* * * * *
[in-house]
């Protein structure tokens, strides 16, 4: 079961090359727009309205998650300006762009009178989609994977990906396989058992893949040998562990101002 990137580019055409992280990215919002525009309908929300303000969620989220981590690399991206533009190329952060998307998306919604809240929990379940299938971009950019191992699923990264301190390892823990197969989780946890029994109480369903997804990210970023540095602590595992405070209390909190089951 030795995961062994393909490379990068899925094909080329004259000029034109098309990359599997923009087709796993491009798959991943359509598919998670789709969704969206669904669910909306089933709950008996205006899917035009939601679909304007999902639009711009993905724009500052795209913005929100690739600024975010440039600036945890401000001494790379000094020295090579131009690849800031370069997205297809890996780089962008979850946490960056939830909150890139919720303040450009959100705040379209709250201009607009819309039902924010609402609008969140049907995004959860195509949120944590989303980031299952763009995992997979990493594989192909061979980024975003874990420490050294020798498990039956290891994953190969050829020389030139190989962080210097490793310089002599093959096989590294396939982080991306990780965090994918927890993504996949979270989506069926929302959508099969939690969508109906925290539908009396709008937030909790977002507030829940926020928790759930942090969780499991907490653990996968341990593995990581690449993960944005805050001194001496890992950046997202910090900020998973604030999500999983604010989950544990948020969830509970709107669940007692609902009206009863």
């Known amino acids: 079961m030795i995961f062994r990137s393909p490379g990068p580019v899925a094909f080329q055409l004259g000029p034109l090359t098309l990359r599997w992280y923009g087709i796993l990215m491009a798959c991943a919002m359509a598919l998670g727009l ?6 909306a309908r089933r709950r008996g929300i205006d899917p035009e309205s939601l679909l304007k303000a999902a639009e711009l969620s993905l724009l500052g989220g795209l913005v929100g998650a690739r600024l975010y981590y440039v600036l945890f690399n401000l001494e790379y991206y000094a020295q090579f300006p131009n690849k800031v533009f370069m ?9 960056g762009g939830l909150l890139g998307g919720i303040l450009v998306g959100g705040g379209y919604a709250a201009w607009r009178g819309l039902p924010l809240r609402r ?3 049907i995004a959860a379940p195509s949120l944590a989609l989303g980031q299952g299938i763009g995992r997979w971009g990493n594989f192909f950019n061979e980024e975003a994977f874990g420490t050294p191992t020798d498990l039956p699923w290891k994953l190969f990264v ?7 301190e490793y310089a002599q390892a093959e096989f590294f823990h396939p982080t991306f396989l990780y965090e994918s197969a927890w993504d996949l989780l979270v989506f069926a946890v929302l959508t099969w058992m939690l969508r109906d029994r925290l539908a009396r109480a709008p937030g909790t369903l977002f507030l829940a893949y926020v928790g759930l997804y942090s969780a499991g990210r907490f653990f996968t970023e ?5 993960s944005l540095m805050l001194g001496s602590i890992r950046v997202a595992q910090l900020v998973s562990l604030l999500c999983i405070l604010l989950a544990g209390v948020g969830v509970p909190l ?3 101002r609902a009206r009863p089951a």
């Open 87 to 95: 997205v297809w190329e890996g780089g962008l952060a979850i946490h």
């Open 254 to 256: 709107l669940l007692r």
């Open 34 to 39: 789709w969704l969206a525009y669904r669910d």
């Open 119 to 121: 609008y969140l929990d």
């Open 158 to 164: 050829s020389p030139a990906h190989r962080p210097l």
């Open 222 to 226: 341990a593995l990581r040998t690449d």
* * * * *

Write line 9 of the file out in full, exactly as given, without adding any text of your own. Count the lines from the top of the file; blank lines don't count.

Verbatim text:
């Open 222 to 226: 341990a593995l990581r040998t690449d």